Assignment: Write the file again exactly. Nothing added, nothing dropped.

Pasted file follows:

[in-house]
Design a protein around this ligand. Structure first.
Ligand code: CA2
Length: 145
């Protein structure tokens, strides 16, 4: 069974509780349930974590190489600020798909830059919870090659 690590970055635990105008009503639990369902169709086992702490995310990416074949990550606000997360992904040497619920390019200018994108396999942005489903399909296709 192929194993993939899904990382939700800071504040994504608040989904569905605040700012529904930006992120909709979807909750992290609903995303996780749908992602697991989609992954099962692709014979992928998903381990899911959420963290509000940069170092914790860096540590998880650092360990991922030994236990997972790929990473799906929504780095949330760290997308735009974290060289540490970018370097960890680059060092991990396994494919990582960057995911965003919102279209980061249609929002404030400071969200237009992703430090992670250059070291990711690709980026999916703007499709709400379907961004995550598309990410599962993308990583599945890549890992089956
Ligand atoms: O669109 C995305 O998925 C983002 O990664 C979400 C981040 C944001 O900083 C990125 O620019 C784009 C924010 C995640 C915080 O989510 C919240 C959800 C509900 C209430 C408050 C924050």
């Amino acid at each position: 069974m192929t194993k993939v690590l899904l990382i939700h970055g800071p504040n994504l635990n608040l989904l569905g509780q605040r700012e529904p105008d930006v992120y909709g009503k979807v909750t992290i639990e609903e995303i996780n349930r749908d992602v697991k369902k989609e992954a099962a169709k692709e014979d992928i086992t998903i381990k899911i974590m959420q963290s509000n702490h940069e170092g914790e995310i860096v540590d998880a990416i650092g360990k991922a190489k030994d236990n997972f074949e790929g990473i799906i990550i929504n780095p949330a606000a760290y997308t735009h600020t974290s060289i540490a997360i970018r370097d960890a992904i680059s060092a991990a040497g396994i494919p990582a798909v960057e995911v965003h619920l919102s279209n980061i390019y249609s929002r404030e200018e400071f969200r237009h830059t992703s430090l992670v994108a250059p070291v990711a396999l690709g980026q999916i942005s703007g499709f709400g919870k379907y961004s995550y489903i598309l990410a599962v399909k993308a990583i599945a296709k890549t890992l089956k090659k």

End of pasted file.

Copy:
[in-house]
Design a protein around this ligand. Structure first.
Ligand code: CA2
Length: 145
């Protein structure tokens, strides 16, 4: 069974509780349930974590190489600020798909830059919870090659 690590970055635990105008009503639990369902169709086992702490995310990416074949990550606000997360992904040497619920390019200018994108396999942005489903399909296709 192929194993993939899904990382939700800071504040994504608040989904569905605040700012529904930006992120909709979807909750992290609903995303996780749908992602697991989609992954099962692709014979992928998903381990899911959420963290509000940069170092914790860096540590998880650092360990991922030994236990997972790929990473799906929504780095949330760290997308735009974290060289540490970018370097960890680059060092991990396994494919990582960057995911965003919102279209980061249609929002404030400071969200237009992703430090992670250059070291990711690709980026999916703007499709709400379907961004995550598309990410599962993308990583599945890549890992089956
Ligand atoms: O669109 C995305 O998925 C983002 O990664 C979400 C981040 C944001 O900083 C990125 O620019 C784009 C924010 C995640 C915080 O989510 C919240 C959800 C509900 C209430 C408050 C924050």
């Amino acid at each position: 069974m192929t194993k993939v690590l899904l990382i939700h970055g800071p504040n994504l635990n608040l989904l569905g509780q605040r700012e529904p105008d930006v992120y909709g009503k979807v909750t992290i639990e609903e995303i996780n349930r749908d992602v697991k369902k989609e992954a099962a169709k692709e014979d992928i086992t998903i381990k899911i974590m959420q963290s509000n702490h940069e170092g914790e995310i860096v540590d998880a990416i650092g360990k991922a190489k030994d236990n997972f074949e790929g990473i799906i990550i929504n780095p949330a606000a760290y997308t735009h600020t974290s060289i540490a997360i970018r370097d960890a992904i680059s060092a991990a040497g396994i494919p990582a798909v960057e995911v965003h619920l919102s279209n980061i390019y249609s929002r404030e200018e400071f969200r237009h830059t992703s430090l992670v994108a250059p070291v990711a396999l690709g980026q999916i942005s703007g499709f709400g919870k379907y961004s995550y489903i598309l990410a599962v399909k993308a990583i599945a296709k890549t890992l089956k090659k």